Most religious holy days celebrate some grand event that God brought to pass. The feast of Trinity this Sunday is the only major holiday in the church year that honors a theological doctrine.
The escape of slaves from bondage, the birth of a savior, resurrection from the dead and other dramatic events are acts of God, according to scholars who use them to shape our understanding of God in theology. The concept of the Trinity stands alone without specific historical roots.
The word, Trinity, is not in the Bible, but most Christian scholars argue that Scripture implies a God who makes himself known to the faithful in three distinct persons as Father, Son and Holy Spirit.
It is that sense of a triune God that Christians embrace that brings much consternation to Judaism and Islam. They argue that the idea of three persons in one God, however nuanced, muddies monotheistic waters.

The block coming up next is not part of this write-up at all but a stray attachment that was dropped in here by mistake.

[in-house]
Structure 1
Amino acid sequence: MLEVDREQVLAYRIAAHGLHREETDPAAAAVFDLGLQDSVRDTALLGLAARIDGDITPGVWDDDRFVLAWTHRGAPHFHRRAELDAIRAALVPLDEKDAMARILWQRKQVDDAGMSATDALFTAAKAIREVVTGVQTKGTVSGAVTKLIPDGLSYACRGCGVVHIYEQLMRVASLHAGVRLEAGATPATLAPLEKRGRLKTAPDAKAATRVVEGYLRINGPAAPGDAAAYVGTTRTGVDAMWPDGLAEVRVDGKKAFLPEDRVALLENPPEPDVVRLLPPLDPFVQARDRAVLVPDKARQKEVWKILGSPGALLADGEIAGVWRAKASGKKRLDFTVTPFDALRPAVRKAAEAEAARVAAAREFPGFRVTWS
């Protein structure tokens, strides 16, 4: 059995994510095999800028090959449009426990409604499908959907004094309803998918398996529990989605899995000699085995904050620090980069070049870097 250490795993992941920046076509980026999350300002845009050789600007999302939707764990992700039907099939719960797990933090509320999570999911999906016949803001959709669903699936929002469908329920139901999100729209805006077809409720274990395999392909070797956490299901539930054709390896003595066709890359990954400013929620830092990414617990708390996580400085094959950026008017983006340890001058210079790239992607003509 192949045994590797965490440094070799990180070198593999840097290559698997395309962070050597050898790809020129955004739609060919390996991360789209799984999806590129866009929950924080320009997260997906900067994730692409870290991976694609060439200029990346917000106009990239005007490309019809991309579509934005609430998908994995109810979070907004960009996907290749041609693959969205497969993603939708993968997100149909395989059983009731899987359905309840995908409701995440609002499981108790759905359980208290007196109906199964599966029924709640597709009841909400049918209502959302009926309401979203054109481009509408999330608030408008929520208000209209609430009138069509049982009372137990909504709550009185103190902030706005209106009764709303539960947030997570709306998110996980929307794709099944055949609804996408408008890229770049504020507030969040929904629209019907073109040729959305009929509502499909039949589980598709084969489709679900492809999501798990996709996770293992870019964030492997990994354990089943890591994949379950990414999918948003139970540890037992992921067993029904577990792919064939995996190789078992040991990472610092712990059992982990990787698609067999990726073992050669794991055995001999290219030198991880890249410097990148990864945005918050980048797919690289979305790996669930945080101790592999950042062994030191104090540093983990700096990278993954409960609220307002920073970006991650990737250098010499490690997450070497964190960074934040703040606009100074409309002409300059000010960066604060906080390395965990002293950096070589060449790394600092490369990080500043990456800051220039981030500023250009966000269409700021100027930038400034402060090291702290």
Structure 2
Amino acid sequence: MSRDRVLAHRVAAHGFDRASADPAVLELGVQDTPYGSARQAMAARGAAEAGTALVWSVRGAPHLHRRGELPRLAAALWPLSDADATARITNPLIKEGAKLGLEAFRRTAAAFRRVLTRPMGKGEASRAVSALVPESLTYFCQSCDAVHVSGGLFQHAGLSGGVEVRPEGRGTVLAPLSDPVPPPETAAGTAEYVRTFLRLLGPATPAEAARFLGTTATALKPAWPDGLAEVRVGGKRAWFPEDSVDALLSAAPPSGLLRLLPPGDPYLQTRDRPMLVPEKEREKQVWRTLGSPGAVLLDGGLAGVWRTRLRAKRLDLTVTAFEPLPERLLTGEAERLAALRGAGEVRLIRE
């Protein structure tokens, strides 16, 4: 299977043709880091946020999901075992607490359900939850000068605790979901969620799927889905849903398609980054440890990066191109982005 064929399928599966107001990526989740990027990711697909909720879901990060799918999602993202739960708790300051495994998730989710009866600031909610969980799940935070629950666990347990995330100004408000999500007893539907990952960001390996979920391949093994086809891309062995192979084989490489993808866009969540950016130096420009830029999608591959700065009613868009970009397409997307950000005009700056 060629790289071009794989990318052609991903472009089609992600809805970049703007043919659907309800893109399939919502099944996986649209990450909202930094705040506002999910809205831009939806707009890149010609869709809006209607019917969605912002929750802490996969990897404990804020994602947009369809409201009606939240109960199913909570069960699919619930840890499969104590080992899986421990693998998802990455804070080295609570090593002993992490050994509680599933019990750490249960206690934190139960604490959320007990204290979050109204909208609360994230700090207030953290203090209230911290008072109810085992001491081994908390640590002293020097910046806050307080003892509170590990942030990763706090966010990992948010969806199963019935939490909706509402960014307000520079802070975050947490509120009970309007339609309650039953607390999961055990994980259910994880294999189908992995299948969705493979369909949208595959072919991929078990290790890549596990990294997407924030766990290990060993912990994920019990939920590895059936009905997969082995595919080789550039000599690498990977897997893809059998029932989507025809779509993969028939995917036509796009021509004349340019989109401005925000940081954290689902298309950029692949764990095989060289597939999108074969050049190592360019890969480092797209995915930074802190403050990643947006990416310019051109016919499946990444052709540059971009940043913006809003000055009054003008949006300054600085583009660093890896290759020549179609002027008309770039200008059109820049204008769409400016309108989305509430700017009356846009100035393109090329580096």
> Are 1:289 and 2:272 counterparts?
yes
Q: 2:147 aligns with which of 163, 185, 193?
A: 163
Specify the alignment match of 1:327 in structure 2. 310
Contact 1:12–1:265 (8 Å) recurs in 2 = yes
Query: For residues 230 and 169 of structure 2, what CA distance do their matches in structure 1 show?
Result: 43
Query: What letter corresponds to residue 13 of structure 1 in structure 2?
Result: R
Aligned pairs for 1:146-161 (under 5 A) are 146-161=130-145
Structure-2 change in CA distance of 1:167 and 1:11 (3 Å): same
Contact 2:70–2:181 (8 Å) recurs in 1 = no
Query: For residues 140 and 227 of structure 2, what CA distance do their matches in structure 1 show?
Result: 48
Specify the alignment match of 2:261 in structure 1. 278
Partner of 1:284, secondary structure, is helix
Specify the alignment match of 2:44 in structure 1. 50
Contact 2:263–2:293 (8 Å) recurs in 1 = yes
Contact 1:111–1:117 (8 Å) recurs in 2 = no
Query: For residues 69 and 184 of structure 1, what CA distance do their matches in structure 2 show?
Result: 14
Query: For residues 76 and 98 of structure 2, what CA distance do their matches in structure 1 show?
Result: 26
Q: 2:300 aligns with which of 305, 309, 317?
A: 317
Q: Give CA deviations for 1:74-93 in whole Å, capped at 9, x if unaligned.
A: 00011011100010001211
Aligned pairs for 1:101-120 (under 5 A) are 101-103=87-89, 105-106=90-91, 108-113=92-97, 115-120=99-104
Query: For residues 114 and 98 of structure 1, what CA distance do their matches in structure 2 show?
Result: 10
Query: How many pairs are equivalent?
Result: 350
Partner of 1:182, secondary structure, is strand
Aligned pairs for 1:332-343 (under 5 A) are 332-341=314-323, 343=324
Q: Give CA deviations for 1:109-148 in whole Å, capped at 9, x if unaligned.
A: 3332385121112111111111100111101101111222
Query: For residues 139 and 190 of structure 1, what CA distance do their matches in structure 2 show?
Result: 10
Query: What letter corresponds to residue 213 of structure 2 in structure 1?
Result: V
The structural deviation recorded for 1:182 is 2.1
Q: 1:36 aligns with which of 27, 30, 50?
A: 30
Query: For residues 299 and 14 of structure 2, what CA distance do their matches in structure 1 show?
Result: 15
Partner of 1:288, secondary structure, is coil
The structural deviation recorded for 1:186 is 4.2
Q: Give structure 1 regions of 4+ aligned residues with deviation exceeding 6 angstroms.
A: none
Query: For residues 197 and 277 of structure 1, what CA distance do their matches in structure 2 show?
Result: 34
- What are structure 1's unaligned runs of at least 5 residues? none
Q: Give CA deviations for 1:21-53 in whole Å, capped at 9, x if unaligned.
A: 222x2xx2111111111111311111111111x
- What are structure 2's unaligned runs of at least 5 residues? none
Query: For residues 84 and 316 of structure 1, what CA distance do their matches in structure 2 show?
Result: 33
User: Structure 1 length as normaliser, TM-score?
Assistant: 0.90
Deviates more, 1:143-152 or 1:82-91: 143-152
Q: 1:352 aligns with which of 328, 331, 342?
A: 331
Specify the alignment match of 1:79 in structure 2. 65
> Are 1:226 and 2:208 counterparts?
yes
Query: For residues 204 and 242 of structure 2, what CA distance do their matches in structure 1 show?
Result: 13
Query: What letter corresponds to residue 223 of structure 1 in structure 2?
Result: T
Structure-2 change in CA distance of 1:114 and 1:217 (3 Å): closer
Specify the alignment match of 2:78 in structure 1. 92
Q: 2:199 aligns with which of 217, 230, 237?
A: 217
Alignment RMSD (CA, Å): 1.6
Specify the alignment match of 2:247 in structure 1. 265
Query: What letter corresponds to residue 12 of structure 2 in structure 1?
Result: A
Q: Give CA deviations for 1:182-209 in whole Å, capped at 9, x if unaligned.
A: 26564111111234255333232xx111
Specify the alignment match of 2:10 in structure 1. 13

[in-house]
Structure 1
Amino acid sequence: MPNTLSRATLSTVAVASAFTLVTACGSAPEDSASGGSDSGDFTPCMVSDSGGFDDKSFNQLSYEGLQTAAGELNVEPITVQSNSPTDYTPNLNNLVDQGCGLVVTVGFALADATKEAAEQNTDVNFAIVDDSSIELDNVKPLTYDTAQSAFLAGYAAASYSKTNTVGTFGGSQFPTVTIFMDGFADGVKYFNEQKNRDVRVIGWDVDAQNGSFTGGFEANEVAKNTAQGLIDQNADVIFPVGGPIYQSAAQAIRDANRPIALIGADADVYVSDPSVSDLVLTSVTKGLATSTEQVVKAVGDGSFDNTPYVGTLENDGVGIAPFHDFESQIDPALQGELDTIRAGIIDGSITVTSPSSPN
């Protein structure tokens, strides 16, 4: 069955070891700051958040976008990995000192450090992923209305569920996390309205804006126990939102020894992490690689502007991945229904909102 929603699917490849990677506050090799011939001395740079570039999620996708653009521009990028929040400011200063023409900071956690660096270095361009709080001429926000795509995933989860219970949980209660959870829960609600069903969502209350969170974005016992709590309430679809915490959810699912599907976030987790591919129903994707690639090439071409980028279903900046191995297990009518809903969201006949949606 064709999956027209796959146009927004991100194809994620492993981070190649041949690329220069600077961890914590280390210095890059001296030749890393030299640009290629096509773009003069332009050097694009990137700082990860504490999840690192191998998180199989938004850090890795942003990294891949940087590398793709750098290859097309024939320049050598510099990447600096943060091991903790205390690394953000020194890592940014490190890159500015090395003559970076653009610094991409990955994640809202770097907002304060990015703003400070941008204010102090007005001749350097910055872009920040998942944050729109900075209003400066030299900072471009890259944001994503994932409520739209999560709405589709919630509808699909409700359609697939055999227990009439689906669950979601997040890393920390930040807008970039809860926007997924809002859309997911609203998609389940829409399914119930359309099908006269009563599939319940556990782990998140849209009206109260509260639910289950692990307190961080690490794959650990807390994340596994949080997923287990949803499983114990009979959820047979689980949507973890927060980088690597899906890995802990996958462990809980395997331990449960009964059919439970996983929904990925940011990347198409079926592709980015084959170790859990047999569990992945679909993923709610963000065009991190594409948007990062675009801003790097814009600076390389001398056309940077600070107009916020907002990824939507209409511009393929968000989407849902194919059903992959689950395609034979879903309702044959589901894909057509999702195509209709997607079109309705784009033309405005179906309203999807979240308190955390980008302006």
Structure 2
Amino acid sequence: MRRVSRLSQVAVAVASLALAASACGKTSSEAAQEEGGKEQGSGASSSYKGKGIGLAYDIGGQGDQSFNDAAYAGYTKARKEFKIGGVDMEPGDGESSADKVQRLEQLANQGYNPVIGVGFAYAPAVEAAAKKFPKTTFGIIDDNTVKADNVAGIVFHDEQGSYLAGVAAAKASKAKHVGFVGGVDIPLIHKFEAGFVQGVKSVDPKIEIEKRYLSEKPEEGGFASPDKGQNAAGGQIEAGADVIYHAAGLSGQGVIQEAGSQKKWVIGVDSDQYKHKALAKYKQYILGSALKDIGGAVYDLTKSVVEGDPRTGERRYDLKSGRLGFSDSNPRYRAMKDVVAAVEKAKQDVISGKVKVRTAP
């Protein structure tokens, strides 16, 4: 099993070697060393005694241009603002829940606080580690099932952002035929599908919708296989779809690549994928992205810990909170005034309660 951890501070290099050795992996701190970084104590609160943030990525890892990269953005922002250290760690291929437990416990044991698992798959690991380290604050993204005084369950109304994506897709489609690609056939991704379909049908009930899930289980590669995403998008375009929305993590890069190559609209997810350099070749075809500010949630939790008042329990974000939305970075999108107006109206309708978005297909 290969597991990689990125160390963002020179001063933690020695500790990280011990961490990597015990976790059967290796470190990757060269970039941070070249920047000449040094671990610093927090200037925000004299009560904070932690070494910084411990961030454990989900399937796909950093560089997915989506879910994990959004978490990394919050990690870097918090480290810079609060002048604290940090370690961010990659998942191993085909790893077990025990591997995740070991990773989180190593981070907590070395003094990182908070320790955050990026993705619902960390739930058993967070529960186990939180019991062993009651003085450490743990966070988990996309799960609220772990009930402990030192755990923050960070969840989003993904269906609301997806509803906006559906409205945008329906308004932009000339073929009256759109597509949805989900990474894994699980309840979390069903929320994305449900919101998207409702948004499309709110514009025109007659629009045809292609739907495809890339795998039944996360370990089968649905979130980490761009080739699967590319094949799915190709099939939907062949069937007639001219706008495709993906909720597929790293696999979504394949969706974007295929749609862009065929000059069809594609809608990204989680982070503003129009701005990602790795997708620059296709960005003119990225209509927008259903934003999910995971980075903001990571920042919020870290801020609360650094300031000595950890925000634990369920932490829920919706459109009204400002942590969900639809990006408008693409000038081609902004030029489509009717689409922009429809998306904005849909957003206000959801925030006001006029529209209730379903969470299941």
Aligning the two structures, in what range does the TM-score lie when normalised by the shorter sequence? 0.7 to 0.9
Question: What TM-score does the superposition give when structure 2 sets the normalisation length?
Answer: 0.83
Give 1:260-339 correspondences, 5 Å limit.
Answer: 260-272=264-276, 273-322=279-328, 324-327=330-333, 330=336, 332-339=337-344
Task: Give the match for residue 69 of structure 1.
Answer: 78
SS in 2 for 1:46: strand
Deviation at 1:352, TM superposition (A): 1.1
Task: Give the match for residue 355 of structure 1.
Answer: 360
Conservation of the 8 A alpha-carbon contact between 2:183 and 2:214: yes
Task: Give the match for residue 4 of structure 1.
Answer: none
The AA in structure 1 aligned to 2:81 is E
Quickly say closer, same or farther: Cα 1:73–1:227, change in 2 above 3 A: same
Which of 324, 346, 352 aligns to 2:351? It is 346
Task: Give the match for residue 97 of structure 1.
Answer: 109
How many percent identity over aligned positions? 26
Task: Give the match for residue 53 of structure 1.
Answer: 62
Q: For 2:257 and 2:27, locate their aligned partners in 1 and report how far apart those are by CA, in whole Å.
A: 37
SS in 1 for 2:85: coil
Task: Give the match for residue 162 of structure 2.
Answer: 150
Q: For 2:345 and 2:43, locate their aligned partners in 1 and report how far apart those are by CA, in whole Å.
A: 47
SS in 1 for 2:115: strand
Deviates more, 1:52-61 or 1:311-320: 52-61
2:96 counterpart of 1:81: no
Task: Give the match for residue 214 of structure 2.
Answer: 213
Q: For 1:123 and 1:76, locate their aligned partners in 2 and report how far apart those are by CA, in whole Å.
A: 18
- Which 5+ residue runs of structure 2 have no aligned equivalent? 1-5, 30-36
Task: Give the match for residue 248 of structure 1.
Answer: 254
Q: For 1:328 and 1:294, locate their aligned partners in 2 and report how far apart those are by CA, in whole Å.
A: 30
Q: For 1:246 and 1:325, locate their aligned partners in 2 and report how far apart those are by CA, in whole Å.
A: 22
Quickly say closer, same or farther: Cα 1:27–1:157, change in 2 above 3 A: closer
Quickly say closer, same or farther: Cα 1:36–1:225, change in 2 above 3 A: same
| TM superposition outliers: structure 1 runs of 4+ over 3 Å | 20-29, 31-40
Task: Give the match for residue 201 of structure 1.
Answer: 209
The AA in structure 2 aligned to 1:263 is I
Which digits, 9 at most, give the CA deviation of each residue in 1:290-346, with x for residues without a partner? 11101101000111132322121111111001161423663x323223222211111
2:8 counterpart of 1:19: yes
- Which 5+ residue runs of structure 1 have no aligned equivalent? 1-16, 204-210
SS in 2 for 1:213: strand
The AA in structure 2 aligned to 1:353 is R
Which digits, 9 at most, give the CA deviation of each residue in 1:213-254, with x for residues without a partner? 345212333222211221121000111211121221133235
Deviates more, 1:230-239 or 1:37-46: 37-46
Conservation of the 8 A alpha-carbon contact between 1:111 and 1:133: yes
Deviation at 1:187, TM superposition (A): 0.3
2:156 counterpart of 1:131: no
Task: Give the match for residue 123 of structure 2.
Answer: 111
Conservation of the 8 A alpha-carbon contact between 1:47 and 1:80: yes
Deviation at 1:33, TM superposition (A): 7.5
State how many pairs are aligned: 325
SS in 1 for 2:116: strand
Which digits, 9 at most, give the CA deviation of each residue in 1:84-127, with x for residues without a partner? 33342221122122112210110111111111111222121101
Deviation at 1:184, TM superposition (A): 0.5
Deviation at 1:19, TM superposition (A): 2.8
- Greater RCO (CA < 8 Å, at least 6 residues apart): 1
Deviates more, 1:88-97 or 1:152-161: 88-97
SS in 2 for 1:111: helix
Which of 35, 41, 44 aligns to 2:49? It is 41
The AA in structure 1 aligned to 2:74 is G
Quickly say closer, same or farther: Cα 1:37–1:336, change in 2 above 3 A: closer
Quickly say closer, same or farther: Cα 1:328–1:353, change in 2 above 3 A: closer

The late Episcopal Bishop Jim Pike joked that Islam might be a more attractive religion than Christianity because Islam offered the faithful three wives and one God while Christians were stuck with one wife and three Gods.
There is no such levity in Trinitarian theology. The doctrine became critically important in early church struggles against those who refused to acknowledge the divinity of Jesus the Son and the independent divine work of the Spirit.